The shock isn’t the allegation that the world governing body of soccer is just shy of a den of thieves.
When Lord Triesman, who ran England’s World Cup 2018 bid and once their Football Association, trotted out allegations that members of the FIFA were lining up with their hands out, demanding everything from TV rights revenue to a British knighthood, he was treading a well worn path.
Soccer people have been tossing allegations at FIFA for years.
And, for this region, it was certainly nothing new to hear someone utter the name of CONCACAF leader Jack Warner, of Trinidad, in a phrase with the world “corrupt.”
Warner has long been attacked from many sides, by players, fans, other administrators, journalists, etc, for making a tidy profit off of his position. In the past he’s weathered ticket selling scandals, allegations that he’s demanded “favors” for his vote and that he’s hiding money to avoid paying players what they believe they were owed, among others.
This time, Lord Triesman told the Press Association that: “Fifa vice-president Jack Warner asked for money – suggested to be £2.5m – to build an education centre in Trinidad with the cash to be channelled through him, and later £500,000 to buy Haiti’s World Cup TV rights for the earthquake-hit nation, also to go through Warner”
Warner called the allegations “a piece of nonsense” and defended himself to Sky Sports News by noting Triesman “no doubt feels he can revive his dying political career by mentioning that piece of foolishness.”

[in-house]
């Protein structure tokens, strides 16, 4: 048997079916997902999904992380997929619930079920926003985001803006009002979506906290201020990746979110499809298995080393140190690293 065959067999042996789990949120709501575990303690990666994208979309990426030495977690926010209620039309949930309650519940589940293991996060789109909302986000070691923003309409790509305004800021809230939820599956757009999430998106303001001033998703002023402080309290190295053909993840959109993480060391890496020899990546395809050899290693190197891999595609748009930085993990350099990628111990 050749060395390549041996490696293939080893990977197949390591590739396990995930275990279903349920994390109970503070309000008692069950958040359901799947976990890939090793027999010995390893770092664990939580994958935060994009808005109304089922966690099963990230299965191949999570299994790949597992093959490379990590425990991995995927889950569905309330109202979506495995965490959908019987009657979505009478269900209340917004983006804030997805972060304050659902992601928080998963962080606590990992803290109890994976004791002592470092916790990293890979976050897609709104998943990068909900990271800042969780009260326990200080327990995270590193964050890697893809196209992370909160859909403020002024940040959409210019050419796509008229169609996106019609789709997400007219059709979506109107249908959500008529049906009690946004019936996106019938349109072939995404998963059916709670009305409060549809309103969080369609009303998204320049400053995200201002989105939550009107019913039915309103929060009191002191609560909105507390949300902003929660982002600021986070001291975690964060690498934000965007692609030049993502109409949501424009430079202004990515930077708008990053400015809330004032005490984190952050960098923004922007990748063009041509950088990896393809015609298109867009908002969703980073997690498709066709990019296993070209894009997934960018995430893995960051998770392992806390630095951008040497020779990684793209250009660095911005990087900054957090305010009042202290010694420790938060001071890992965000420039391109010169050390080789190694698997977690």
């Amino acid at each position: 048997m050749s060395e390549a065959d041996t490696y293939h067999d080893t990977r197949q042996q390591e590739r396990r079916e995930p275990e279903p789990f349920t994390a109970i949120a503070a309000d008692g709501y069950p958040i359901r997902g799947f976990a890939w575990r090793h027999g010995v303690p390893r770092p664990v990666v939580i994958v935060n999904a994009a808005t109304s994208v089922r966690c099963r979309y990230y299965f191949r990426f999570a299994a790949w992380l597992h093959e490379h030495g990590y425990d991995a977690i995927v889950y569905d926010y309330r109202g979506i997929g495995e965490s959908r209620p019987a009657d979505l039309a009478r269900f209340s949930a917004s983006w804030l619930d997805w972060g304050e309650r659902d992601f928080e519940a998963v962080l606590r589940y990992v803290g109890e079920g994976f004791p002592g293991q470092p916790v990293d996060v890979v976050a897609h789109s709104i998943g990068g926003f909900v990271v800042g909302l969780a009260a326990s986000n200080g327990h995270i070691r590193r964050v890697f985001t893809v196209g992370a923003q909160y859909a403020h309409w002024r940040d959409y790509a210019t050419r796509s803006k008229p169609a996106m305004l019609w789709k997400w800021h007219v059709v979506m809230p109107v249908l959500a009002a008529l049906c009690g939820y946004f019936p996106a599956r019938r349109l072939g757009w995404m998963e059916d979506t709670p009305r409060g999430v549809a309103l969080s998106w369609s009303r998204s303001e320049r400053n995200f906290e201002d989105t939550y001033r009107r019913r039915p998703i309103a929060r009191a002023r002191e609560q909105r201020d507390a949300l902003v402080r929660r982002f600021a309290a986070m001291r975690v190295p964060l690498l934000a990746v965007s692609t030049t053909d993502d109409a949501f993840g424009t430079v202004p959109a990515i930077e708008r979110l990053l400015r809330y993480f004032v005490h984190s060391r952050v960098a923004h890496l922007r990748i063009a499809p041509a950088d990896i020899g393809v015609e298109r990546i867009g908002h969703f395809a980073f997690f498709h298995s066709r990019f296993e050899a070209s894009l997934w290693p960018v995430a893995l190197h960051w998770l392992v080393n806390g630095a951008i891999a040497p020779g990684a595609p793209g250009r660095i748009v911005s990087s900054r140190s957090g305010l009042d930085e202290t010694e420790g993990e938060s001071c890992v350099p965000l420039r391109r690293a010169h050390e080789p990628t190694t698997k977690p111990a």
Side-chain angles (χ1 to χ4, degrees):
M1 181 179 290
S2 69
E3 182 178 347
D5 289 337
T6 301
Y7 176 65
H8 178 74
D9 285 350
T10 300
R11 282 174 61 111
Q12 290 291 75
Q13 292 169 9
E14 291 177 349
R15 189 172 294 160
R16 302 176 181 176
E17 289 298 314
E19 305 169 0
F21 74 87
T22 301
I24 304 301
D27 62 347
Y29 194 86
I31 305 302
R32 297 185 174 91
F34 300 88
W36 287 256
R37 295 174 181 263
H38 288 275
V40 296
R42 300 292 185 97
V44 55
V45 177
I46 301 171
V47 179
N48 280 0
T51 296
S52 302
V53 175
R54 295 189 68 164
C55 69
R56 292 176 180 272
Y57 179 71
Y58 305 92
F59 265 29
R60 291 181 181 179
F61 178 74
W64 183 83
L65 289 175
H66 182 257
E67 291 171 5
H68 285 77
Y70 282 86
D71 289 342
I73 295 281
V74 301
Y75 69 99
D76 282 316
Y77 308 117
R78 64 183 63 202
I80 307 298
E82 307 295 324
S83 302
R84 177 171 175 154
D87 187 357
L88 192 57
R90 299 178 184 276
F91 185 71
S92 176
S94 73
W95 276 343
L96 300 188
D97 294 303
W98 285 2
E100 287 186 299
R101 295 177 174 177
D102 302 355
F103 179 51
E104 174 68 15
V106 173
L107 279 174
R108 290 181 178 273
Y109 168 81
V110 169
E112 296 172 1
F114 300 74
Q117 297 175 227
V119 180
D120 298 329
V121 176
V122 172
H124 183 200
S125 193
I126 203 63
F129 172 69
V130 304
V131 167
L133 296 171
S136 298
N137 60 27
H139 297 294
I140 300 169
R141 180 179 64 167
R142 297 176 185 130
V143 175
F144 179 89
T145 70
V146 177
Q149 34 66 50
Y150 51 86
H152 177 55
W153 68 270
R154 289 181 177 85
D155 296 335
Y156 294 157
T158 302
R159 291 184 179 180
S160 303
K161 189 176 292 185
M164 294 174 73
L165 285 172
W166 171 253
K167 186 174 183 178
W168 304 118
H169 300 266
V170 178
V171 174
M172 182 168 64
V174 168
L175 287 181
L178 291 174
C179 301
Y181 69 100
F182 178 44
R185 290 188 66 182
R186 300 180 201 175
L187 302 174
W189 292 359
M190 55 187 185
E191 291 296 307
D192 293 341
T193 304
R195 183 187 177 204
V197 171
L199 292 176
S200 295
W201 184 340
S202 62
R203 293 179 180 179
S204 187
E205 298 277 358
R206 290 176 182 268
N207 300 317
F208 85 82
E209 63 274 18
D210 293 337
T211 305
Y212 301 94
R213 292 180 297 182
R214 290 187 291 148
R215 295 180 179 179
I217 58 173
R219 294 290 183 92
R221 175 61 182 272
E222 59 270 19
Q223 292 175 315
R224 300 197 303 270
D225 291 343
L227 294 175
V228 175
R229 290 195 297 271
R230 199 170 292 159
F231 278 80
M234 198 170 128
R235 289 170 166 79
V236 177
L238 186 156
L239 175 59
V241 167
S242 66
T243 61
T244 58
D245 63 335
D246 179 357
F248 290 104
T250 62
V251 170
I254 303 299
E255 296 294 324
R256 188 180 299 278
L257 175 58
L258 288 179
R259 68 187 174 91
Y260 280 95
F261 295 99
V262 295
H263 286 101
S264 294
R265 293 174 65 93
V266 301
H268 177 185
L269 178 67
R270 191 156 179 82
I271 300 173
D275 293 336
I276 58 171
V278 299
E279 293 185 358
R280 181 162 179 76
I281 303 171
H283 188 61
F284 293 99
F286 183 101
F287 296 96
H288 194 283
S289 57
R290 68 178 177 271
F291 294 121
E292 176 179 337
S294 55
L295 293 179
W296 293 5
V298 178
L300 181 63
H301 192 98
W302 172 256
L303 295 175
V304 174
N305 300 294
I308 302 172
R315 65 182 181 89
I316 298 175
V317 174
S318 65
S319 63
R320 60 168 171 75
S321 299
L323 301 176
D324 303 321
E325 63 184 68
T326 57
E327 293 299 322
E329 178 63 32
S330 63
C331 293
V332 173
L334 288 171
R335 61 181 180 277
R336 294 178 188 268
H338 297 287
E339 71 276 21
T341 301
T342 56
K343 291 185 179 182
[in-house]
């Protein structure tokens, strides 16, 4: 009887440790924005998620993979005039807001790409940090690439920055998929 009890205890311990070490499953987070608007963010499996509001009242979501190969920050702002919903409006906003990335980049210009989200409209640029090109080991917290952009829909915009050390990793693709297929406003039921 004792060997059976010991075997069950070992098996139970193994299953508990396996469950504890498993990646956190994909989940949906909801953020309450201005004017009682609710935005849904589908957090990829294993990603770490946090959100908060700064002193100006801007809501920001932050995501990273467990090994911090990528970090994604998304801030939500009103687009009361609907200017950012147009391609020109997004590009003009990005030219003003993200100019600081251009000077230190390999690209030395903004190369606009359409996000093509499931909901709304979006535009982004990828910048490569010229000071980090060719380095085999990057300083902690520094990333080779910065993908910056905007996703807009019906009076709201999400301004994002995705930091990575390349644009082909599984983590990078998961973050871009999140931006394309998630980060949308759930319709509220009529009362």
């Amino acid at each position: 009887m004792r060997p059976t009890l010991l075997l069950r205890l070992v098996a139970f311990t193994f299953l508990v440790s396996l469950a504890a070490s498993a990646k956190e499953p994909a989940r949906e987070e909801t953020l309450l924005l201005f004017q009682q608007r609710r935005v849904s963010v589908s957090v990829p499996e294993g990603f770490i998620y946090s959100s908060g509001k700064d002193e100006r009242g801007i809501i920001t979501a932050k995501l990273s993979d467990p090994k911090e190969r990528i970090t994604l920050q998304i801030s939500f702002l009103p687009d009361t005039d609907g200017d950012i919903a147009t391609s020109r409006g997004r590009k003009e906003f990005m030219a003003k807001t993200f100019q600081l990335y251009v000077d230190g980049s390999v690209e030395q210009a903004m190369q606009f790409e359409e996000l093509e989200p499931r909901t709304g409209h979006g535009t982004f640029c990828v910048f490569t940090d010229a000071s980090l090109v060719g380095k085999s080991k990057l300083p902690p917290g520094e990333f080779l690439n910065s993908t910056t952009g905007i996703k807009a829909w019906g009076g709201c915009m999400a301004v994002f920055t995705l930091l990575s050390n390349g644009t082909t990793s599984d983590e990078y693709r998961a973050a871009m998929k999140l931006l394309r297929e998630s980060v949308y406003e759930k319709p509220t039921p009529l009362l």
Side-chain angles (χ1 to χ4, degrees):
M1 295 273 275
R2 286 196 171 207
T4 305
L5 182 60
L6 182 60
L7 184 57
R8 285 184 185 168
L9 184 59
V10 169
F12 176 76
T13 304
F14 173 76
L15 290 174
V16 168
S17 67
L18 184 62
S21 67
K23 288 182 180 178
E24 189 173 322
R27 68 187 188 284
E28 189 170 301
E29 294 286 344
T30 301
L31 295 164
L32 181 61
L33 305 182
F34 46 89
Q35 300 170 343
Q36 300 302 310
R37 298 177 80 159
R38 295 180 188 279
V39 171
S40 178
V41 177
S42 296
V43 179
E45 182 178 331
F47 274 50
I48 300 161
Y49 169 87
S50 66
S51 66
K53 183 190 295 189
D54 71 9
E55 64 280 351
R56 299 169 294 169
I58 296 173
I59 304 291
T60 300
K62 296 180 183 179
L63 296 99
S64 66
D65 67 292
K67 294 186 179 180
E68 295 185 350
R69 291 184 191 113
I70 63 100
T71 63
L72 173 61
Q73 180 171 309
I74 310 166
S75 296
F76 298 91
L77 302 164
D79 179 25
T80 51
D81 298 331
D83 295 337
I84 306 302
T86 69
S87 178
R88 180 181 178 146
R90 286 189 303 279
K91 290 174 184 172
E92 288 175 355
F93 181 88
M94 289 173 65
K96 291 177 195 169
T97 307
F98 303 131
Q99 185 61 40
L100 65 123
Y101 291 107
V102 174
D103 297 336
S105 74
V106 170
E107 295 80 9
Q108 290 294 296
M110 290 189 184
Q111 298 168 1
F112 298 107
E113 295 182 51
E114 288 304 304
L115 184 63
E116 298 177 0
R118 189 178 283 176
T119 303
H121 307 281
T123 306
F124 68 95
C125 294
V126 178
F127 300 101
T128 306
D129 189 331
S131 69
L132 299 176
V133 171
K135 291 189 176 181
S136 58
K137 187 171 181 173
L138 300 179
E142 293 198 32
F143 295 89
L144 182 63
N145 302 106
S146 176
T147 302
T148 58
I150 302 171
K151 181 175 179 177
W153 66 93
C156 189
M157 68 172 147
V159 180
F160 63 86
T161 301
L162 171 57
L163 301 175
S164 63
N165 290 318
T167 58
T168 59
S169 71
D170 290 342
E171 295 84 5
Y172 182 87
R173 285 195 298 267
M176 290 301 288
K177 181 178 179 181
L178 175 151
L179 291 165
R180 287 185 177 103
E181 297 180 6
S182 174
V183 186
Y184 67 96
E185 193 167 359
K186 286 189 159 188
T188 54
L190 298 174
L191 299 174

He added: “I’ve never asked Triesman nor any other person, Englishman or otherwise, for any money for my vote at any time. In the English World Cup campaign, before he was unceremoniously kicked out, I’ve spoken to him on his initiative on only three occasions, while I have spoken to his other colleagues on other occasions and not one of his colleagues will ever corroborate his bit of trivia.”
Now, as has been the case for years with Warner, he’ll probably skate away from these allegations as he has from past allegations. But there is a solid reason to think that this man has long been a hindrance to the advancement of a soccer region that includes the United States, Mexico and Canada as well as Central American nations in addition to the small island nations he tends to foolishly favor.
It really is time for Warner to be an ex-leader for this region of soccer.